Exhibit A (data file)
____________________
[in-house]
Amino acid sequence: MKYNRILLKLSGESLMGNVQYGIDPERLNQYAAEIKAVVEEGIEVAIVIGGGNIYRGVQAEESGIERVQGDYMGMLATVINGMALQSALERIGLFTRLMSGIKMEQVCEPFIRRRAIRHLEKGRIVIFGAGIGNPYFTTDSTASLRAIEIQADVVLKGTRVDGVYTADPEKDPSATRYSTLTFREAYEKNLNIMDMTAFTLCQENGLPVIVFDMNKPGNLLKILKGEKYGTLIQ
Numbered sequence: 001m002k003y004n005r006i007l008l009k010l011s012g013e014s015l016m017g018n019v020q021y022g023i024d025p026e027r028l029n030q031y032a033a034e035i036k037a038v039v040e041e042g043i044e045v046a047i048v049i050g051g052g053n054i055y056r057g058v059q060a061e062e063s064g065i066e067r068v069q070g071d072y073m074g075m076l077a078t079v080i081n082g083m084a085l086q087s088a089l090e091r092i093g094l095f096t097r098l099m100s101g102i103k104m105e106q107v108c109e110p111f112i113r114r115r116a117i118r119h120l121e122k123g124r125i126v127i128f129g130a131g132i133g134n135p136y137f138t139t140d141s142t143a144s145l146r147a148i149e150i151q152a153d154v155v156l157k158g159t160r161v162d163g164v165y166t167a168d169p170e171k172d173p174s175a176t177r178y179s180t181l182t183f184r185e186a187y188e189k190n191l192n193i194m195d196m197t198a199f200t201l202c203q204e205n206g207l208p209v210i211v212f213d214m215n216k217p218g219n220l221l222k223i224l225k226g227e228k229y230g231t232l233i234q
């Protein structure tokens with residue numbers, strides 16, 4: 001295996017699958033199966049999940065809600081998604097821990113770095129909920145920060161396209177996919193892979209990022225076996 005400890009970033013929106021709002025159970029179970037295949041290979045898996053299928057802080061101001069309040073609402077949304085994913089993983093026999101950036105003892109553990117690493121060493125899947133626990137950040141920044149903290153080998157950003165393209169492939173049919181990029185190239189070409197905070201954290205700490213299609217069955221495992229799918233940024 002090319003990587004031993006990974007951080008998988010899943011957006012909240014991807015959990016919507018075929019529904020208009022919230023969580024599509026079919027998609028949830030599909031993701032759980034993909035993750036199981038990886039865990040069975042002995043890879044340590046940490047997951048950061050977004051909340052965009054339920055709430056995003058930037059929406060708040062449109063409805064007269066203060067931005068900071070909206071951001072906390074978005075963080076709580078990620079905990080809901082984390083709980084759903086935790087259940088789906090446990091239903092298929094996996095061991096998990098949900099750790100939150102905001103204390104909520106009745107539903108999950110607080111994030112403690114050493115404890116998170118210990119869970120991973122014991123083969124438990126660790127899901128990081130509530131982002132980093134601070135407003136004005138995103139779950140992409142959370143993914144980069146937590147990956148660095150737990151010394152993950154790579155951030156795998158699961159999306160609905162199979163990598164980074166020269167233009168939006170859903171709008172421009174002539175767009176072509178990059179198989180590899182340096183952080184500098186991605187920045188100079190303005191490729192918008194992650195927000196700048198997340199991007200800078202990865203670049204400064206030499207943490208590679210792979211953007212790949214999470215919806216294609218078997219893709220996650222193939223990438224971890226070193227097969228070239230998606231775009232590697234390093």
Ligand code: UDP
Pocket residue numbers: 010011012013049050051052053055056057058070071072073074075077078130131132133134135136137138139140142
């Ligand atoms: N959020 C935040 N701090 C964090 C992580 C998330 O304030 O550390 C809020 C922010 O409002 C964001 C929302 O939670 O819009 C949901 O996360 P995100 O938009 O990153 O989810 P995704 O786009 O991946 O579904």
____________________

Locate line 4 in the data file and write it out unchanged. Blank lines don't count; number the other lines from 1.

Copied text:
């Protein structure tokens with residue numbers, strides 16, 4: 001295996017699958033199966049999940065809600081998604097821990113770095129909920145920060161396209177996919193892979209990022225076996 005400890009970033013929106021709002025159970029179970037295949041290979045898996053299928057802080061101001069309040073609402077949304085994913089993983093026999101950036105003892109553990117690493121060493125899947133626990137950040141920044149903290153080998157950003165393209169492939173049919181990029185190239189070409197905070201954290205700490213299609217069955221495992229799918233940024 002090319003990587004031993006990974007951080008998988010899943011957006012909240014991807015959990016919507018075929019529904020208009022919230023969580024599509026079919027998609028949830030599909031993701032759980034993909035993750036199981038990886039865990040069975042002995043890879044340590046940490047997951048950061050977004051909340052965009054339920055709430056995003058930037059929406060708040062449109063409805064007269066203060067931005068900071070909206071951001072906390074978005075963080076709580078990620079905990080809901082984390083709980084759903086935790087259940088789906090446990091239903092298929094996996095061991096998990098949900099750790100939150102905001103204390104909520106009745107539903108999950110607080111994030112403690114050493115404890116998170118210990119869970120991973122014991123083969124438990126660790127899901128990081130509530131982002132980093134601070135407003136004005138995103139779950140992409142959370143993914144980069146937590147990956148660095150737990151010394152993950154790579155951030156795998158699961159999306160609905162199979163990598164980074166020269167233009168939006170859903171709008172421009174002539175767009176072509178990059179198989180590899182340096183952080184500098186991605187920045188100079190303005191490729192918008194992650195927000196700048198997340199991007200800078202990865203670049204400064206030499207943490208590679210792979211953007212790949214999470215919806216294609218078997219893709220996650222193939223990438224971890226070193227097969228070239230998606231775009232590697234390093």